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FrRevol_551-600.indd 19 3/16/12 1:14 PM CHAPTER VII Ofthe Constitutional Charter Granted hy the King in z8z4. I have a pride in here reminding the reader that the declaration signed by Louis XVIII at St. Ouen in 1814 contained almost all the articles in support of liberty proposed by M. Necker to Louis XVI in 1789, before the Revolution of the 14th of July burst forth. That declaration did not bear the date of a reign of nineteen years,1 in which lies the question of a divine right or a constitutional compact. The silence observed in that respect was extremely prudent, since it is clear that a representative government is irreconcilable with the doctrine ofdivine right. All the disputes between the English and their kings have arisen from that inconsistency. In fact, ifkings are absolute masters ofthe people, they ought to exact taxes instead ofasking for them; but if they have anything to ask from their subjects, it necessarily follows that they have also something to promise them. Moreover, the King ofFrance, having in r8r4 reascended the throne by the aid of a foreign force, his ministers ought to have suggested the idea of a contract with the nation, of the consent of its deputies; in short, the idea of anything that could convey a guarantee and bear evidence of the wish of Frenchmen, even if these principles had not been generally recognized in France. It was much to be apprehended that the army which had taken an oath to Bonaparte and had fought nearly twenty years under him should regard as null the oaths required by European powers. It was thus ofimportance to connect and blend the French 1. By using the phrase "De notre re'gne le dix-neuvieme" ("in the nineteenth year of our reign") to date the Charter on his return to France in r814, Louis XVIII implicitly claimed that his reign had started nineteen years earlier. This apparently minor detail implied that all previous regimes, including the empire, had been illegitimate. .56.9 FrRevol_551-600.indd 20 3/16/12 1:14 PM PART V military with the French people by all possible forms of voluntary acquiescence. What, it will be said, would you plunge us again in the anarchy of primary assemblies? By no means; that which public opinion called for was an abjuration of the system on which absolute power is founded, but the public would have aimed at no chicanery with the ministry of Louis XVIII in regard to the mode ofaccepting the constitutional charter. It would have been sufficient only to consider it as a contract, not as an edict of the King;2 for the Edict of Nantes of Henri IV was abolished by Louis XIV; and every act which does not rest on mutual engagements can be revoked by the authority from which it emanates. Instead of at least inviting the two chambers to choose the commissioners who were to examine the act ofconstitution, the ministers caused these commissioners to be named by the King. The chambers would very probably have elected the same men; but it is one of the errors of the ministers of the old government to want to introduce the royal authority everywhere, while one ought to make a sparing use ofthis authoritywherever it is not indispensably needed. All that we can allow a nation to do, without its leading to disorder, tends to extend information, to fortify public spirit, and increase the harmony between the government and the people. On the 4th ofJune, r8r4, the King came to the two chambers to make a declaration of the constitutional charter. His speech was full ofdignity, talent, and propriety; but his Chancellor3 began by calling the constitutional charter a decree of reform. What a fault! Did not this imply that what was granted by the King might be withdrawn by his successors? Nor was this all; in the preamble to the charter, it was said that power in all its plenitude was vested in the person of the King, but that its exercise had often been modified by the monarchs who preceded Louis XVIII, such as Louis VI, Philippe the Fair, Louis XI, Henri II, Charles IX, and 2. The use of the word "octroi" (concession) carried strong symbolic connotations that affirmed both the royal sovereignty and the continuity with the French monarchical tradition . As such, it eliminated any possibility ofconceiving ofthe Charter as a social contract (or social pact) between...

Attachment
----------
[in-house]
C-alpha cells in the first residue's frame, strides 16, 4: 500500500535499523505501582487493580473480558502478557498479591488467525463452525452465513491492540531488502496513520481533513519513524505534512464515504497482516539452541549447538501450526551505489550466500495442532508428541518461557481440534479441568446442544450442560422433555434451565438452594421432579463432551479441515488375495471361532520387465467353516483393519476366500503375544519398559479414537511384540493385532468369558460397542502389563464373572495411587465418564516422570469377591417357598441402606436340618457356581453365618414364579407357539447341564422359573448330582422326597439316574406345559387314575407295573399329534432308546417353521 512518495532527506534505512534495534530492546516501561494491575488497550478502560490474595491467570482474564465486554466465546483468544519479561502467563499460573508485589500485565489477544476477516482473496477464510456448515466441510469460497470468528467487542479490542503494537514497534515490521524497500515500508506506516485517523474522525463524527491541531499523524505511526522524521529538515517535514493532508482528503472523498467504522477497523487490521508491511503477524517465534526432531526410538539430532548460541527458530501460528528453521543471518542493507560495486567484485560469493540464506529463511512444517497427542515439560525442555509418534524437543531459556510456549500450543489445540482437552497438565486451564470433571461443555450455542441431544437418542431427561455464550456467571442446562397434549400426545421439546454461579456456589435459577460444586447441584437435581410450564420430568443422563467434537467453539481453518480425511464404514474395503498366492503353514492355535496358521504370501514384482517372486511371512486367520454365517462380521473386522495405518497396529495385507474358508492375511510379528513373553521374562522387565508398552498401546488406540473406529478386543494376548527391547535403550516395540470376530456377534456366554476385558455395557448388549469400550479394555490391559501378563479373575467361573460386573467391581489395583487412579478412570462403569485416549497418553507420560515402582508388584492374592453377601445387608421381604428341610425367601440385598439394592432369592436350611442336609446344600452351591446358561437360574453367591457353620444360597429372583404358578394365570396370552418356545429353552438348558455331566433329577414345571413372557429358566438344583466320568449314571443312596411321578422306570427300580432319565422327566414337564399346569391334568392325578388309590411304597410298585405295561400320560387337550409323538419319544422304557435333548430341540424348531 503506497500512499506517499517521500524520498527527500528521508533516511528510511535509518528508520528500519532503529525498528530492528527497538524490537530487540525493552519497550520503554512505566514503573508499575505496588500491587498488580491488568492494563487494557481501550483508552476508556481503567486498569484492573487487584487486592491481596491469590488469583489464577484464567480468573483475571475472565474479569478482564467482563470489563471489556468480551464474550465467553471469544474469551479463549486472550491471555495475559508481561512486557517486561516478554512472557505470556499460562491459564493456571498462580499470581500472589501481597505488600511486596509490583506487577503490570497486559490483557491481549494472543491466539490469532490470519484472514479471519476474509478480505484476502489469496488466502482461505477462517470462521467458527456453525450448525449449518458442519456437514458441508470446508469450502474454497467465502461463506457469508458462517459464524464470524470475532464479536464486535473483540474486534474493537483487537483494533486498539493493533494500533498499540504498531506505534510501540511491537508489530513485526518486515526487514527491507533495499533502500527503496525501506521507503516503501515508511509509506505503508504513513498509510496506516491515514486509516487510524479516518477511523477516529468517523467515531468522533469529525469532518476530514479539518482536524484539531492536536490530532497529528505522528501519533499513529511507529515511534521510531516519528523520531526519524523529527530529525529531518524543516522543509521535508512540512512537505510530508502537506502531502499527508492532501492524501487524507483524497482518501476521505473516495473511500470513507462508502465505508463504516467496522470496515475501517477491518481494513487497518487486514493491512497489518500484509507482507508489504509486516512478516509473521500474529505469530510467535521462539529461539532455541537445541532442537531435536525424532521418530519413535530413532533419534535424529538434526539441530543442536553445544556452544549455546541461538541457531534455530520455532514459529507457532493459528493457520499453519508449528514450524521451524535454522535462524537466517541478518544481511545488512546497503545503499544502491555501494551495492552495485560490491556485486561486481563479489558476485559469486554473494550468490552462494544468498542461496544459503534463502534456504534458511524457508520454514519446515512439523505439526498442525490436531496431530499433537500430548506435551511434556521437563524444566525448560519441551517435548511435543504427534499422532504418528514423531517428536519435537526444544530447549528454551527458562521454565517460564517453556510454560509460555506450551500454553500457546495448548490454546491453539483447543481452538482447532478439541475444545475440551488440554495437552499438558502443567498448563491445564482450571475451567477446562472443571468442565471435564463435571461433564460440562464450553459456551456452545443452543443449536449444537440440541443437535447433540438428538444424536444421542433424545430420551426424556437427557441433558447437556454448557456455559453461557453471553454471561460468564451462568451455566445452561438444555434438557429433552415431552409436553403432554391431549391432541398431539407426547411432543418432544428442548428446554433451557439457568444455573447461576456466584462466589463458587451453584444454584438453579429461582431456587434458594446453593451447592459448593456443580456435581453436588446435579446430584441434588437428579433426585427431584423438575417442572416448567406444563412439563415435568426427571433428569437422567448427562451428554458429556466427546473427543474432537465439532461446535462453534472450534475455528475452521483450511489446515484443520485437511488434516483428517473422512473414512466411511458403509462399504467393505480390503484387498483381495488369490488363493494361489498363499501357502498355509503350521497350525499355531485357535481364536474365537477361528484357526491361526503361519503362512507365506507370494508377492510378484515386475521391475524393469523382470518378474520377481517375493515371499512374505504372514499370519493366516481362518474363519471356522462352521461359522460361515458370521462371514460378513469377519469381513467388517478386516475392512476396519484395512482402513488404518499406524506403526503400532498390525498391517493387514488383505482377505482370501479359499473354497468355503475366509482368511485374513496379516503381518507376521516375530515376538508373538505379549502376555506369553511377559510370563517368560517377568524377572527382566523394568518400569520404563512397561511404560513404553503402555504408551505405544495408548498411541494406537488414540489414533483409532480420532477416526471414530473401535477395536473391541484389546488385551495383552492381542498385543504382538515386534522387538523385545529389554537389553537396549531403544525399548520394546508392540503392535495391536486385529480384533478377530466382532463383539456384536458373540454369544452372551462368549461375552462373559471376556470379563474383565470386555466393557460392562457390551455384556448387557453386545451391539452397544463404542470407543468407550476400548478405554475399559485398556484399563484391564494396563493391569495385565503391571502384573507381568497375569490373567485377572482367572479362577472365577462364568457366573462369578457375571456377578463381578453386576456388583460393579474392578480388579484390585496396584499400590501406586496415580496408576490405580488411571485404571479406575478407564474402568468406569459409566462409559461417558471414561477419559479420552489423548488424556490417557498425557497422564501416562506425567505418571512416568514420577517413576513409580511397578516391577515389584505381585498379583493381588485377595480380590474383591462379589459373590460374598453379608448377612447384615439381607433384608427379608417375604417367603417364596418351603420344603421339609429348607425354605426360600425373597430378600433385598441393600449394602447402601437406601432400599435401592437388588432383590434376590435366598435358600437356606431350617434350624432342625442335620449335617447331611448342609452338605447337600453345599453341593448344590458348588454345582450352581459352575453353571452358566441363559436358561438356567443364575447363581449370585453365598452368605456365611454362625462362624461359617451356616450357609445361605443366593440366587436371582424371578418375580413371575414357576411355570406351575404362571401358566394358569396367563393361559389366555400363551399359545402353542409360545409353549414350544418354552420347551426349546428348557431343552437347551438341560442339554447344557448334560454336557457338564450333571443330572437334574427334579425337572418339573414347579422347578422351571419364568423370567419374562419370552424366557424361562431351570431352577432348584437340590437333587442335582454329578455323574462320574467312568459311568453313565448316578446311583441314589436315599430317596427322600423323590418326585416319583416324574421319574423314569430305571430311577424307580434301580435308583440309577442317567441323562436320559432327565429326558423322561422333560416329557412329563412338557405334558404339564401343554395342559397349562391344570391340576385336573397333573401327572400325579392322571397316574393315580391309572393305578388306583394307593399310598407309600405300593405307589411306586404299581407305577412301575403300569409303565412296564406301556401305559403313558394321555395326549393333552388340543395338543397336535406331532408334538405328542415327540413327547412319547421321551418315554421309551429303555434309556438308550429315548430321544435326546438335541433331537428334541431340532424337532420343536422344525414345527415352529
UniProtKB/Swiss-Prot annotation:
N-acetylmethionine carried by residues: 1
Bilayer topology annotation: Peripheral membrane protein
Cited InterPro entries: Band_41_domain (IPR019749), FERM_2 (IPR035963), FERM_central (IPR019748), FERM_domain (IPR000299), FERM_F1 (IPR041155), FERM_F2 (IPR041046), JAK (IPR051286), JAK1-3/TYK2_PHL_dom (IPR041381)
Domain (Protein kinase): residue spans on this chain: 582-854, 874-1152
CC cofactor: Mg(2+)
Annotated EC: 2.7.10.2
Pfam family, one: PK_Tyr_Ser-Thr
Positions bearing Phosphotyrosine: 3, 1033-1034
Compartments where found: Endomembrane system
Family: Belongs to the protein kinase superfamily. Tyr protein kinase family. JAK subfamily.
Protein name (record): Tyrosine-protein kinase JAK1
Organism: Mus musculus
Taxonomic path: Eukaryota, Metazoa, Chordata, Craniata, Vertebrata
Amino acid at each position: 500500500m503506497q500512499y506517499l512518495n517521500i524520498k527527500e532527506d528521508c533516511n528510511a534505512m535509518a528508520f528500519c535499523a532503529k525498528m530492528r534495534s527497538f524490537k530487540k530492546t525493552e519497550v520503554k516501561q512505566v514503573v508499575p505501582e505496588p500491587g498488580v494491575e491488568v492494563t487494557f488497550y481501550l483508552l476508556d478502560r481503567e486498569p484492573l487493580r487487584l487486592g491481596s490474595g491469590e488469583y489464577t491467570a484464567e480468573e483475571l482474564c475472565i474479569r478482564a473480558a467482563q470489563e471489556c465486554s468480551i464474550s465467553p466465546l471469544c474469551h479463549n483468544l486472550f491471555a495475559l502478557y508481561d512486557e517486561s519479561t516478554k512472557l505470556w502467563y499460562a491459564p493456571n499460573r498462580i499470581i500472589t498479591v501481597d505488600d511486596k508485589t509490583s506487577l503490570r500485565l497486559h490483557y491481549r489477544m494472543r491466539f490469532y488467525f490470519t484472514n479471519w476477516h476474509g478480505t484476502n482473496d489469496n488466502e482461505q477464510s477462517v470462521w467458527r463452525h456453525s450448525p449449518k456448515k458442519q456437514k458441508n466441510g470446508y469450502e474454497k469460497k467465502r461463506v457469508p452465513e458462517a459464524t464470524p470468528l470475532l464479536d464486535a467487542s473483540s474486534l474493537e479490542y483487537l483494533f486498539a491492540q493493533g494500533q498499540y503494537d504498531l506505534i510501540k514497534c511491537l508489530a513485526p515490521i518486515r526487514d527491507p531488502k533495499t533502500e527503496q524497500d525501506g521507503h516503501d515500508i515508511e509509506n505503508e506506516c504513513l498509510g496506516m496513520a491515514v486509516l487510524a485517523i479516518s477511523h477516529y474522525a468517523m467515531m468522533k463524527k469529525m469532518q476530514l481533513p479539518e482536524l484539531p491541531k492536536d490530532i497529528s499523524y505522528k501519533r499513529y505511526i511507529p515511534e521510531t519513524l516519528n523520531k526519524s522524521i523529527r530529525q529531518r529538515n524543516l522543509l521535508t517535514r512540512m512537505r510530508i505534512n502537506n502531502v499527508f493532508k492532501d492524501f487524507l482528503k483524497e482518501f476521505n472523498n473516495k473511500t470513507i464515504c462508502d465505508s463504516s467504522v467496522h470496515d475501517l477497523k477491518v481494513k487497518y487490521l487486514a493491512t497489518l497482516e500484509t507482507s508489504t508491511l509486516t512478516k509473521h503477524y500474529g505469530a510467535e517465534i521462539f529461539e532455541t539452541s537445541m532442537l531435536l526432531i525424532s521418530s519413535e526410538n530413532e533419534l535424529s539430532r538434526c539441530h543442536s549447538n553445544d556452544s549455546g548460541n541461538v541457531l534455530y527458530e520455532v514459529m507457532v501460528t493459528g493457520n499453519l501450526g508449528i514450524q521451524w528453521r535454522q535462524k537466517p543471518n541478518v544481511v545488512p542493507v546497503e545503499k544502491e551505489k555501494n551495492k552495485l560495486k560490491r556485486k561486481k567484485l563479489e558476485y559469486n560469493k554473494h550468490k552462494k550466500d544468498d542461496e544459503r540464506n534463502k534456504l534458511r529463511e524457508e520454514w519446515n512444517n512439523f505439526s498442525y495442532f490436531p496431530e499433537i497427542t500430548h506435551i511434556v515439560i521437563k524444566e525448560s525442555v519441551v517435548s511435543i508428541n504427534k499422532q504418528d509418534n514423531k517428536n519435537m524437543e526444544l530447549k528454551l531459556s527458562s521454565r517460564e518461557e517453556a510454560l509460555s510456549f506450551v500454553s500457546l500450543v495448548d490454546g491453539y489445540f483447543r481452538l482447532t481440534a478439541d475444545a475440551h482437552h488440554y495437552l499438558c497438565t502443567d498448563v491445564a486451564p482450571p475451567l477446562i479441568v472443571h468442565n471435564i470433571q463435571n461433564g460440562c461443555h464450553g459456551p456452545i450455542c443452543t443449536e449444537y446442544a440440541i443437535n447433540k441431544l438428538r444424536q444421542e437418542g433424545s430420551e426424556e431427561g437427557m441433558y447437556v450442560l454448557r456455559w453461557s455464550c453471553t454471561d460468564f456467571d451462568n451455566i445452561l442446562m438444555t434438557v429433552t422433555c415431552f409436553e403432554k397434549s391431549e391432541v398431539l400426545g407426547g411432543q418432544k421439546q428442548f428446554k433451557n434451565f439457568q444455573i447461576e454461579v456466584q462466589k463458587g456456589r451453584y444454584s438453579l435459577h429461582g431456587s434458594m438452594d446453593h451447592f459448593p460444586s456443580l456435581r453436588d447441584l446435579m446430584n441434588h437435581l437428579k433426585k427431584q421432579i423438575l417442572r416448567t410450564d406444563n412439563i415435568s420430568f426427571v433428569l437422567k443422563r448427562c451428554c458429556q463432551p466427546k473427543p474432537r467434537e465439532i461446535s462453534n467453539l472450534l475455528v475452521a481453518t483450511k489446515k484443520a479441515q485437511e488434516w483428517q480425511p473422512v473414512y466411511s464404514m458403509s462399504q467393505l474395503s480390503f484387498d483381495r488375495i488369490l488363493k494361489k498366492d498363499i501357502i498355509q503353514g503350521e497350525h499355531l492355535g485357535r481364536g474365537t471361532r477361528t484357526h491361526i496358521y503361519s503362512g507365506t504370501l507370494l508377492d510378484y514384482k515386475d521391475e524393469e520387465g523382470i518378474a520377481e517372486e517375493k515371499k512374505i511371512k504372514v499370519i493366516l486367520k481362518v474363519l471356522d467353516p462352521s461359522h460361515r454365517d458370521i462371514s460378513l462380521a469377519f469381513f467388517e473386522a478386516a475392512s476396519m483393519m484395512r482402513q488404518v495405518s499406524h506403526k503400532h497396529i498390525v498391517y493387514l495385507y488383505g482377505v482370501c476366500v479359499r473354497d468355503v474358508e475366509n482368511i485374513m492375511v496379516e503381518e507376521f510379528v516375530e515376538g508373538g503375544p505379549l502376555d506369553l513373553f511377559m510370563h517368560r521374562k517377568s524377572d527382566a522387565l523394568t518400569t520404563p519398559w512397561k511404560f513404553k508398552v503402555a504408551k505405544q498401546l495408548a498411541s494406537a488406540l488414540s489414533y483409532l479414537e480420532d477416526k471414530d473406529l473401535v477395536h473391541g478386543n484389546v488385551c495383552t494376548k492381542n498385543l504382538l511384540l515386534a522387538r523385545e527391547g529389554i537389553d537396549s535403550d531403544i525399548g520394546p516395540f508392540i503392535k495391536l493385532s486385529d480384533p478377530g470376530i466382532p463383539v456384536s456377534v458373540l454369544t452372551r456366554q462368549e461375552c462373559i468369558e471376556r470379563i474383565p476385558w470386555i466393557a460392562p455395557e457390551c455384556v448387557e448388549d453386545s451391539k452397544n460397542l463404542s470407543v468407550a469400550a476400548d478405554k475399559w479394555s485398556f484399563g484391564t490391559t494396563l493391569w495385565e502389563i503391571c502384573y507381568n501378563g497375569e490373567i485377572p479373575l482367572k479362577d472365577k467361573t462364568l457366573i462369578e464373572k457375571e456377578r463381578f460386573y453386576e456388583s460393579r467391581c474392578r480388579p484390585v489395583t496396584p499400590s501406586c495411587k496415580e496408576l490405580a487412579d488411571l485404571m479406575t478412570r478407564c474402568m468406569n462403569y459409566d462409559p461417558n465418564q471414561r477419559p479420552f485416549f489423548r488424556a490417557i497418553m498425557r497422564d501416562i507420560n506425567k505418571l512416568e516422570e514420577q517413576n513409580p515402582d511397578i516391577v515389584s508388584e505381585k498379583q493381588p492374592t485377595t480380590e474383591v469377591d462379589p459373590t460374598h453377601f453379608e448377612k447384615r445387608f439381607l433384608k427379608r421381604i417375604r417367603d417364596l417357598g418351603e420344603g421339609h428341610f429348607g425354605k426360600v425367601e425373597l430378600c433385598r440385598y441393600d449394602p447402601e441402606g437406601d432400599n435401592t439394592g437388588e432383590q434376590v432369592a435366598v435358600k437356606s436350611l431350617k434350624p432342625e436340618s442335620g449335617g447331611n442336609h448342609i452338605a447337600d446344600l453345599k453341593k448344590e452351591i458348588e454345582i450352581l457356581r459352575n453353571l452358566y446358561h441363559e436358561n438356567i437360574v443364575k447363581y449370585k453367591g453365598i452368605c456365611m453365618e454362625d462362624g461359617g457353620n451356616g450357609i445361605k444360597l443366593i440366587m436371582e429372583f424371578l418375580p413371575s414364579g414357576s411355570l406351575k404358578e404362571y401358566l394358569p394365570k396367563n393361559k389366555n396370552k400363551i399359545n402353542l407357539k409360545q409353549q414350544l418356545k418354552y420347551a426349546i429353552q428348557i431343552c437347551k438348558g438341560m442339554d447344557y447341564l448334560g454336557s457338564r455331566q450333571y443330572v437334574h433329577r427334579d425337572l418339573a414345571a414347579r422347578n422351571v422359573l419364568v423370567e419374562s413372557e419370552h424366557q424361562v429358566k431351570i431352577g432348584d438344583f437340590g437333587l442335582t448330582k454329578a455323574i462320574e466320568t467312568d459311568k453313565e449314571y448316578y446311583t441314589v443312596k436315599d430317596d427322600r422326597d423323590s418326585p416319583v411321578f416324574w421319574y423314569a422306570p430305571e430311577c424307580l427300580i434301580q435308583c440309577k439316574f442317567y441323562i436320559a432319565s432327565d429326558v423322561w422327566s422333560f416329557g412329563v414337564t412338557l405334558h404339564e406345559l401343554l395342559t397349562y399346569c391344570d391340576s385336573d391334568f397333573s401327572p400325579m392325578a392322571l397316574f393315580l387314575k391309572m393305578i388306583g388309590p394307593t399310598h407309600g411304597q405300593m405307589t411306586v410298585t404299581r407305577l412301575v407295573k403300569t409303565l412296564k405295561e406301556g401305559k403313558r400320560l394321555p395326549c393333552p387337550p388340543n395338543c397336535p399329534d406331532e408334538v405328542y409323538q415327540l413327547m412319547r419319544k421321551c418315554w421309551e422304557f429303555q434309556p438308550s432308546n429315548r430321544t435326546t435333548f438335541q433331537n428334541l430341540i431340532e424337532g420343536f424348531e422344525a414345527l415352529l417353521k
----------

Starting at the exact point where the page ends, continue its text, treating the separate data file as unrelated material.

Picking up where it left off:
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Additional Information

ISBN
9781614878636
Related ISBN
9780865977327
MARC Record
OCLC
836874520
Pages
834
Launched on MUSE
2014-01-01
Language
English
Open Access
No
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